Raves, trains, opera and submarines - plans for Liverpool EuroFest unveiled

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Plans for a massive two week festival ahead of Eurovison have been unveiled.

The first details of EuroFest - a two-week cultural festival which will take over Liverpool in the lead up to the Eurovision Song Contest - have been unveiled.

Running from Monday 1 to Sunday 14 May, the festival will present 24 brand new commissions – 19 of which are collaborations between UK and Ukrainian artists – that will transform the city as fans from across the world descend on Liverpool.

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Martin Green, Managing Director of Eurovision said: “You’ve got the EuroVillage coming, you’ve got the EuroClub coming and then at the heart of it sits the broadcast show that we’ll do from the arena. Now that there’s flesh on the bones it’s getting really exciting.”

The majority of the work being produced has been inspired by the Eurovision 2023 slogan ‘United by Music’, none more so than The Blue and Yellow Submarine Parade by The Kazimier – a huge outdoor underwater sea disco which will make its way through the city to kickstart the Eurovision Party.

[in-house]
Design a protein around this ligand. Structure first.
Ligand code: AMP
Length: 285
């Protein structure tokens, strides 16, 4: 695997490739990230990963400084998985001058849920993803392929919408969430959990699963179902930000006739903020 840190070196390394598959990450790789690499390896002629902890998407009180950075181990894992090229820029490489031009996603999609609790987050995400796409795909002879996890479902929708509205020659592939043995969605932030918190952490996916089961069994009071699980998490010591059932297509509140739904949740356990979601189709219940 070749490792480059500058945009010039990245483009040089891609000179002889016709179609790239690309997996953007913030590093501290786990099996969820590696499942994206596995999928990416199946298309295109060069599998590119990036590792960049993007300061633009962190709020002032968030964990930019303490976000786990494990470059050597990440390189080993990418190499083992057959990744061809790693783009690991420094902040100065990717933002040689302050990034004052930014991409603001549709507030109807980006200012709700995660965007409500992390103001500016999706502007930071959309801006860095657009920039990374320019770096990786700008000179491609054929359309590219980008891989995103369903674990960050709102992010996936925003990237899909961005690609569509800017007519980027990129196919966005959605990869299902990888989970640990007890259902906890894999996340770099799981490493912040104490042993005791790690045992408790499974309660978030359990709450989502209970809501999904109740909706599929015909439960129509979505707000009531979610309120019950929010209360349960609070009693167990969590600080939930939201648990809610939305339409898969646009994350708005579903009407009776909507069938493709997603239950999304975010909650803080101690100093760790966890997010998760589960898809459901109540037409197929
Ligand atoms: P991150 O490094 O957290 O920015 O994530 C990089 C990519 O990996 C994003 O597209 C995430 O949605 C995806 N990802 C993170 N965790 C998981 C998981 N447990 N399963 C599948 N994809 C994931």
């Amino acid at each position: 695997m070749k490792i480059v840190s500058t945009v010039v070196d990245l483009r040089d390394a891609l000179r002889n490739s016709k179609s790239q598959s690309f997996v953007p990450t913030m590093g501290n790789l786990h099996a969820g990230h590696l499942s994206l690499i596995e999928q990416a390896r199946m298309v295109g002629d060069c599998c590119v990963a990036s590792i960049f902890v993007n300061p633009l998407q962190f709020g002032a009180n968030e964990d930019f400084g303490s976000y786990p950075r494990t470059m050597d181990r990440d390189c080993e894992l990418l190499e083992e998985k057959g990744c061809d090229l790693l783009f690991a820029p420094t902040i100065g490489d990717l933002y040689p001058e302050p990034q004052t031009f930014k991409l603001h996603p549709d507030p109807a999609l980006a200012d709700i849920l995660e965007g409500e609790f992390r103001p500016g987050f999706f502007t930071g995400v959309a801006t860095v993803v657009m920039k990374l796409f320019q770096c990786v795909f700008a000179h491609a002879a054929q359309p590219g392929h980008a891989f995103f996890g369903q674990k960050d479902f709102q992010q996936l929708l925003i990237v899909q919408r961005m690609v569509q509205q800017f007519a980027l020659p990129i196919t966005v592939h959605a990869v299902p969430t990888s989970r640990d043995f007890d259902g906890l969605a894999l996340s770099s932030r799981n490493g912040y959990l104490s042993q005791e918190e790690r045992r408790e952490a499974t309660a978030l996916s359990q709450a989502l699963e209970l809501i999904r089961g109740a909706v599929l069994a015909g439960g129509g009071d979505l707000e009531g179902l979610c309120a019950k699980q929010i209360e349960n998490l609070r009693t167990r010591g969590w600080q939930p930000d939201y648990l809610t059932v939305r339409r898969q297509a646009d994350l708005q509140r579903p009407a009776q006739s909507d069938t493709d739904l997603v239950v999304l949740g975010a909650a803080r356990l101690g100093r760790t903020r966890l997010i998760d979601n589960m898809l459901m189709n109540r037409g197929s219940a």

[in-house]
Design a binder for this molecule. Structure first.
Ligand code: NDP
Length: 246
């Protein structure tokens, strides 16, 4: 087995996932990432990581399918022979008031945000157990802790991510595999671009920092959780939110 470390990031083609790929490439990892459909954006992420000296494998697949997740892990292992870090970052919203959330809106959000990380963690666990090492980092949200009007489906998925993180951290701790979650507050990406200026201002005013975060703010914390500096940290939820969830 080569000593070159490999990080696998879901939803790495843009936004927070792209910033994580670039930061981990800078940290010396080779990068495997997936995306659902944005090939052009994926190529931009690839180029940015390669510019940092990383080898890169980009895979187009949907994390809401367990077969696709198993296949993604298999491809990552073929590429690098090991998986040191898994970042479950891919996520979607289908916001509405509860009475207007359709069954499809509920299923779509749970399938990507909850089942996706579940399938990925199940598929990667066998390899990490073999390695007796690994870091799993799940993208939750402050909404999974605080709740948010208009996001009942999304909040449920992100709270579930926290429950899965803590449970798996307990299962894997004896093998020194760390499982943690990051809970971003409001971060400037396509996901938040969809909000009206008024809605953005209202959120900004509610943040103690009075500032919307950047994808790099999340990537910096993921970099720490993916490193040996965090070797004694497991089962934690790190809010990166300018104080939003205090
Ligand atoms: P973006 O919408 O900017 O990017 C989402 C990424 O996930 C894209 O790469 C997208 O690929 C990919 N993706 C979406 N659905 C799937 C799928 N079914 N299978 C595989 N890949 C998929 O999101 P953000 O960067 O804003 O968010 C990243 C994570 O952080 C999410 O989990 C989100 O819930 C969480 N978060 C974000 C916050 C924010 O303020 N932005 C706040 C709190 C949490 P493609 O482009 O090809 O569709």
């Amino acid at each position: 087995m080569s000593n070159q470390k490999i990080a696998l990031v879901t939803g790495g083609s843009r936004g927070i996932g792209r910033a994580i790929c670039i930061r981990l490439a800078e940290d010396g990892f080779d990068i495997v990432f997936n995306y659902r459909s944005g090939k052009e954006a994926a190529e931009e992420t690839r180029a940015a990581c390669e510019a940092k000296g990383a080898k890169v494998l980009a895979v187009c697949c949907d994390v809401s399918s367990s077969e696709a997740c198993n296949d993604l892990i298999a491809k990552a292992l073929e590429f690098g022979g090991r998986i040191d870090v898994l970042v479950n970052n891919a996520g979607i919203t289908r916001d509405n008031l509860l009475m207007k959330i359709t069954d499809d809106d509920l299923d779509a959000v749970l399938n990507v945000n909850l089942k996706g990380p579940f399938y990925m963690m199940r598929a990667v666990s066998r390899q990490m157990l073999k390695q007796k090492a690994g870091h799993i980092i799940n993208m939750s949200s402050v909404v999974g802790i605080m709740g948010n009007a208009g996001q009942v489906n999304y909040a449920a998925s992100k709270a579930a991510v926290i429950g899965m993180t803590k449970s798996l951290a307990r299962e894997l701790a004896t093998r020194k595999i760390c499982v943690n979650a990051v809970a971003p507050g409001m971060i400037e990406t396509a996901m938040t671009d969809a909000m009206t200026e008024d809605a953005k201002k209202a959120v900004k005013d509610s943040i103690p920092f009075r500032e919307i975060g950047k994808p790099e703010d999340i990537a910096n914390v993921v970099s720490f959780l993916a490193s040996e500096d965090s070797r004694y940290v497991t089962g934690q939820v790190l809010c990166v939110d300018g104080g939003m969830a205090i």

Working with UK and Ukrainian designers, musicians and community groups, expect hundreds of performers, incredible music and a huge glitterball jellyfish. This is a mass participation event and more details on how to get involved will be announced in the coming weeks.

The English National Opera does Eurovision is being created by the English National Opera and will be a unique show bringing together two very different musical worlds into one epic outdoor performance with live chorus and orchestra. Joyful, moving and loud, this project promises to perfectly capture the spirit of Eurovision.

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On a more poignant note, Izyum to Liverpool by Ukrainian artist Katya Buchatska, will transform the iconic Liverpool Cathedral into a train carriage replicating the journey from Izyum to the border with Poland. Filmed in real time, this piece offers an extraordinary window into the landscape of Ukraine as it is today and also serves as a reminder of the spirit and resilience of the Ukrainian people.

Mayor of Liverpool Joanne Anderson said: “This is going to be a Eurovision party right across our city for a whole two weeks and I am so excited about it. I’ll be honest, I had no idea it would come to this - it’s phenomenal. The community organisations, the businesses all getting involved in the great programming going on. But also if you just want to do your own thing around your vision crack on and do it.”

The chosen commissions were selected through a process which included the BBC, British Council, Ukrainian Institute and Culture Liverpool. An initial call out in December attracted almost 700 responses of which 50 were shortlisted and supported in the development of their idea.

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